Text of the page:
One of my all time favorite movies that never fails to deliver on one of the most dramatic incidents in the Apollo space missions. Tom Hanks proves he is one of our generations greatest actors as he slips into the character of Jim Lovell, who was also a technical adviser on the movie.
James Horner provides us with a breathtaking score, which can be best witnessed when Ed Harris (playing Gene Kranz), counts down the take off and the camera then pans to the Saturn rocket lifting off from the tour. Gives you that wonderful uplifting feeling.
I can’t believe this movie is 20 years old this year, which if you think about it, at the time of them making the movie, the actual incident was only 25 years previous.
This movie stands up beautifully to the test of time and while there was some artistic license taken (for example Ken Mattingly was not watching the launch from a remote field by his car, but was in launch control manning a station) the overall essence of what really happened in those fateful few days is reproduced faithfully.
It is rumored that Buzz Aldrin contacted Ron Howard to ask him where he got the footage of the launch because it was so realistic Buzz actually thought it was authentic and previously unreleased.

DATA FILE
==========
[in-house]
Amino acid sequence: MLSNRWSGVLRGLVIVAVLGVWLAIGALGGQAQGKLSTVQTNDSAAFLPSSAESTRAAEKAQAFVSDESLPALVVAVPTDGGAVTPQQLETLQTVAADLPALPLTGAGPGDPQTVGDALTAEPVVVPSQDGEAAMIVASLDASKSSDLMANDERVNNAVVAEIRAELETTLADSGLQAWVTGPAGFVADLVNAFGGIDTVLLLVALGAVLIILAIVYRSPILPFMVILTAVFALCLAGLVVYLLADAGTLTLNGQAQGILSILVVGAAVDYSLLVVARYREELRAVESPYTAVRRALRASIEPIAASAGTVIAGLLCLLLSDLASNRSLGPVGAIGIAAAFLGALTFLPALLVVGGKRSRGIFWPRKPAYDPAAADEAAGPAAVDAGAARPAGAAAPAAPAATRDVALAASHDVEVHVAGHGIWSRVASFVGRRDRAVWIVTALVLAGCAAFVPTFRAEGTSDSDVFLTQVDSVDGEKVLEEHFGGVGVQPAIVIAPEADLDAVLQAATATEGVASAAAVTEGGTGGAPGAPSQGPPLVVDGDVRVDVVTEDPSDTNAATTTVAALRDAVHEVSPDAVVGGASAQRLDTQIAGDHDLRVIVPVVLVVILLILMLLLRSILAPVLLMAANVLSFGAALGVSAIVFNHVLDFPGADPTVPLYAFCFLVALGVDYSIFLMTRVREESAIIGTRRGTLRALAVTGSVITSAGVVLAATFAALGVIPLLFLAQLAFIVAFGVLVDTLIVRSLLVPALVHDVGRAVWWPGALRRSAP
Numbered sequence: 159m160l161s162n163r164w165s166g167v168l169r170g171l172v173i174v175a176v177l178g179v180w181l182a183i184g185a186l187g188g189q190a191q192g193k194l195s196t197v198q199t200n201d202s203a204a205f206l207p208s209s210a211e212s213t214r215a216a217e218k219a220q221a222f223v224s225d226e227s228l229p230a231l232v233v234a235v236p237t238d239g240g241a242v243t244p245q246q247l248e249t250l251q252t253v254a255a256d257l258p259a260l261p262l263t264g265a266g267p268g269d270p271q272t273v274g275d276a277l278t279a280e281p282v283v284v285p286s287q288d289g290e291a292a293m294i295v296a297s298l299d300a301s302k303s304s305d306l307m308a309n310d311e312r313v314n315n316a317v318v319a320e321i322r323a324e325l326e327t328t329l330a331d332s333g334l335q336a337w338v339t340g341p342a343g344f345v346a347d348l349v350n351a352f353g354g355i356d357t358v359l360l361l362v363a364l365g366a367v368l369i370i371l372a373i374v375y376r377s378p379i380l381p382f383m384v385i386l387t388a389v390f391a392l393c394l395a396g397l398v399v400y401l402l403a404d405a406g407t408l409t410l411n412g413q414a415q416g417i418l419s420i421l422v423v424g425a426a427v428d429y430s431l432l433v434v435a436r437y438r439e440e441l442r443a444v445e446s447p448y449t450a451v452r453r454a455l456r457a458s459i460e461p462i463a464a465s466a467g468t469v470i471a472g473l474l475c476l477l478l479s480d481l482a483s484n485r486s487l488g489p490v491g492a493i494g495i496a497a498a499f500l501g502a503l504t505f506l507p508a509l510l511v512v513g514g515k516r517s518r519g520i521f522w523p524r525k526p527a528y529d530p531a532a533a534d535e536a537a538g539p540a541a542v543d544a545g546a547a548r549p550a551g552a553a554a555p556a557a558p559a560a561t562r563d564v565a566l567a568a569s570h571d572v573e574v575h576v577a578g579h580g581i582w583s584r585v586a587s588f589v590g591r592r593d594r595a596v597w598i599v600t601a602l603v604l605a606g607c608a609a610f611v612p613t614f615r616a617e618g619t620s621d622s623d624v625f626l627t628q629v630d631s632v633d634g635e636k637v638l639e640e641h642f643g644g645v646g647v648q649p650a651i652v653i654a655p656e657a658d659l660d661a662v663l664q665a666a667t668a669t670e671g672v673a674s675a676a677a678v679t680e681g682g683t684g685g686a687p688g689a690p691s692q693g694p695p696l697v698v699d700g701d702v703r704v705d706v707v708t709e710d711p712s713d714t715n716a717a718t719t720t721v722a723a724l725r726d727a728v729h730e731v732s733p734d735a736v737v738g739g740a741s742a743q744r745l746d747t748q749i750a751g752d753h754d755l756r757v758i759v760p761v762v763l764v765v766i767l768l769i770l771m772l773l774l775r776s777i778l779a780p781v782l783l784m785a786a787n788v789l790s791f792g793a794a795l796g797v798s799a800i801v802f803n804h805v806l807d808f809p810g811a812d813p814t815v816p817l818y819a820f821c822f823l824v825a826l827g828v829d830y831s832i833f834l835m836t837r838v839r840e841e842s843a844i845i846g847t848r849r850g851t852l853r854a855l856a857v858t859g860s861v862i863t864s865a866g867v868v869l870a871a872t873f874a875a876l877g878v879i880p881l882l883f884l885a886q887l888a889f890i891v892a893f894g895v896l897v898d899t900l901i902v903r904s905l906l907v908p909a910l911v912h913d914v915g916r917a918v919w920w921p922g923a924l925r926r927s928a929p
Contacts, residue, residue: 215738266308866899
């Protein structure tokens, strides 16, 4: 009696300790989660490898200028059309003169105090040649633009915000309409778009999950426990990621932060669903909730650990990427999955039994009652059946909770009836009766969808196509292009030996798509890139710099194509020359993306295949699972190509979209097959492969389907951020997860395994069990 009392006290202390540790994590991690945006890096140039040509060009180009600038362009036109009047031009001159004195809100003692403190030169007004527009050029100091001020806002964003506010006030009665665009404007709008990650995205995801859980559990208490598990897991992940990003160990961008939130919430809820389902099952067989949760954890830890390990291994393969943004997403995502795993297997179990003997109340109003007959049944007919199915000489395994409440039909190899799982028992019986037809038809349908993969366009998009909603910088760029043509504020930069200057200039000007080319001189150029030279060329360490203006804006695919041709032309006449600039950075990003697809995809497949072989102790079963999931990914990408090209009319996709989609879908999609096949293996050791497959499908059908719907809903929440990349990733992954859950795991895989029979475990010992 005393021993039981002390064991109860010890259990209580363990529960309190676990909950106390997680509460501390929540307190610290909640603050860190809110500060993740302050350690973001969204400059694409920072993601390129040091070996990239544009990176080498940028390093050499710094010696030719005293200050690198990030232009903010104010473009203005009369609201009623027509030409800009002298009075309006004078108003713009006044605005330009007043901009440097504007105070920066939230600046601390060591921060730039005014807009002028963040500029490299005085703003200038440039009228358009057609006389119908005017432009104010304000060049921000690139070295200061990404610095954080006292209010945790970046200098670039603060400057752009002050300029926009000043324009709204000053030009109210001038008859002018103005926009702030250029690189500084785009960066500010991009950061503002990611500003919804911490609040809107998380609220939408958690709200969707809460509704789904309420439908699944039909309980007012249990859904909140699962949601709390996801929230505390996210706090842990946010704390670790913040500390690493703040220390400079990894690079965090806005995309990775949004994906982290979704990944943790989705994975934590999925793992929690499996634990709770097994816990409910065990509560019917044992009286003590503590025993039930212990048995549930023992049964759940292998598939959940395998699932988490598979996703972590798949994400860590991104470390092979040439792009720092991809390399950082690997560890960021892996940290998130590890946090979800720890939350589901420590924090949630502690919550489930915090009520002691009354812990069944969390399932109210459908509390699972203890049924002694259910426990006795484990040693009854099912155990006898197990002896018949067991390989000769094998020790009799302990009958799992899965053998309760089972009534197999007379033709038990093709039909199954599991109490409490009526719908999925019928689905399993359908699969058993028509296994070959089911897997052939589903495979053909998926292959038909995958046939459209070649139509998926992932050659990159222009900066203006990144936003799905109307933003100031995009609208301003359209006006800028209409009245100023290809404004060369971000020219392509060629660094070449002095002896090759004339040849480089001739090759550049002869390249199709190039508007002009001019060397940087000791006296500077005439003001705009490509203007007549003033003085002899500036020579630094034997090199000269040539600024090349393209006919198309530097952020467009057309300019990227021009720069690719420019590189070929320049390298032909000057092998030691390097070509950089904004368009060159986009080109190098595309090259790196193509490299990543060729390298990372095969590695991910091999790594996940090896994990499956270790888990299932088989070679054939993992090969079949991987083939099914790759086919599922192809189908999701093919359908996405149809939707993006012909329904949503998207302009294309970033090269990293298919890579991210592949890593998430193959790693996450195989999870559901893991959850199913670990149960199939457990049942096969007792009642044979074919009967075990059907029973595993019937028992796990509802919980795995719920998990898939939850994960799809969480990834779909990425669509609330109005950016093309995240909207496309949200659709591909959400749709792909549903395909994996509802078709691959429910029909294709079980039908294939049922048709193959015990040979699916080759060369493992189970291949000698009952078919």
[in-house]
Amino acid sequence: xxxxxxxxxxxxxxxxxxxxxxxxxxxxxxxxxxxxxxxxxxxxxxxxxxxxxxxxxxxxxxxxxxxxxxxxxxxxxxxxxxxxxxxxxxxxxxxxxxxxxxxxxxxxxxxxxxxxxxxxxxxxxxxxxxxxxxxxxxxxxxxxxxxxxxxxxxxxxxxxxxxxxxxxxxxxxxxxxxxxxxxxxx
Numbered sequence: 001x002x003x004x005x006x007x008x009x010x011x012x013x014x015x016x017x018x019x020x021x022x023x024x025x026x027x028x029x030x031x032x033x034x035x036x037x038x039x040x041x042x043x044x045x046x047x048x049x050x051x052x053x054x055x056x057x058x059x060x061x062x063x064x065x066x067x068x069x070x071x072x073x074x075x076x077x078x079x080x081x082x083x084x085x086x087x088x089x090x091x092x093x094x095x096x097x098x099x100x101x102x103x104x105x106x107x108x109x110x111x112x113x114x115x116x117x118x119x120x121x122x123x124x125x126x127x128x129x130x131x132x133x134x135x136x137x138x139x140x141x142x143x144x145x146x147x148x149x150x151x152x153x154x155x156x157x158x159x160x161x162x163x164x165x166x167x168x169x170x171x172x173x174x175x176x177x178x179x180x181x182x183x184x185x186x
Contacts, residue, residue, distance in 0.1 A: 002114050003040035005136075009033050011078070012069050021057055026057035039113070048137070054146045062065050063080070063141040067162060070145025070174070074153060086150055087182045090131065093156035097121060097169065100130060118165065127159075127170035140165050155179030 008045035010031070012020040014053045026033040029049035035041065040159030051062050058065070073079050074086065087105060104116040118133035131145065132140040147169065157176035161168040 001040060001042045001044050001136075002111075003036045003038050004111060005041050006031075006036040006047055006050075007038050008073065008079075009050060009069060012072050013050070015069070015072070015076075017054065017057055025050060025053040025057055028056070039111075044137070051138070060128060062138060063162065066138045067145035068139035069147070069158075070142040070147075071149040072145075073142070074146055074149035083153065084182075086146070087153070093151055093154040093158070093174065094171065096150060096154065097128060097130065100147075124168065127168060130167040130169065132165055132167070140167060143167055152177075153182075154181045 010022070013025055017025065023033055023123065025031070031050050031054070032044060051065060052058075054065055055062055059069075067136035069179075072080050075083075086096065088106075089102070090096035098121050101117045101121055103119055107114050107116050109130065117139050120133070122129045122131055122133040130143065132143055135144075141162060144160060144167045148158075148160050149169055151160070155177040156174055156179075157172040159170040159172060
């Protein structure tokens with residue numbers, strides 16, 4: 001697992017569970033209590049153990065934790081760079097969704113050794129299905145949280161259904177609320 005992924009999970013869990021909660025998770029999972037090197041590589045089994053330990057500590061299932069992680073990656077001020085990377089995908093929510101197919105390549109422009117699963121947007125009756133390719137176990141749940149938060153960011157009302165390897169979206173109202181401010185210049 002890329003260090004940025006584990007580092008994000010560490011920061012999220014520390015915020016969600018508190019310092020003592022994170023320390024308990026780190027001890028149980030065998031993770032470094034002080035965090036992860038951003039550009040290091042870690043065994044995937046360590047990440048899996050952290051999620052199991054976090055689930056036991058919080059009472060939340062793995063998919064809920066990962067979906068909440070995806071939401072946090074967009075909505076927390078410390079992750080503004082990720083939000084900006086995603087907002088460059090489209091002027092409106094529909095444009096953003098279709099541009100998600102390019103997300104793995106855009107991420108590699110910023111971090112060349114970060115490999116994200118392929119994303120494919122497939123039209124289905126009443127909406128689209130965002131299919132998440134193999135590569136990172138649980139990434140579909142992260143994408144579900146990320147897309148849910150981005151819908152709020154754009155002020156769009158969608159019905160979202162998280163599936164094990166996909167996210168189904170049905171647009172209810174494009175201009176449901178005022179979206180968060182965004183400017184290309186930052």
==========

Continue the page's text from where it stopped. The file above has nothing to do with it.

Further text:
Gemini/Mercury/Apollo were truly the glory days of NASA and when one watches this movie you are reminded just how much innovation had to happen to get man on the moon. When the capsule blows, it is difficult to comprehend just how little technology and low-tech things where, yet, they were still able to co-ordinate things from the ground and bring back the 3 men.
Apollo 13 is a movie that generations will continue to come back to.
Friday, 21st August 2015
We’ve never lost an American in space, we’re sure as hell not gonna lose one on my watch! Failure is not an option.
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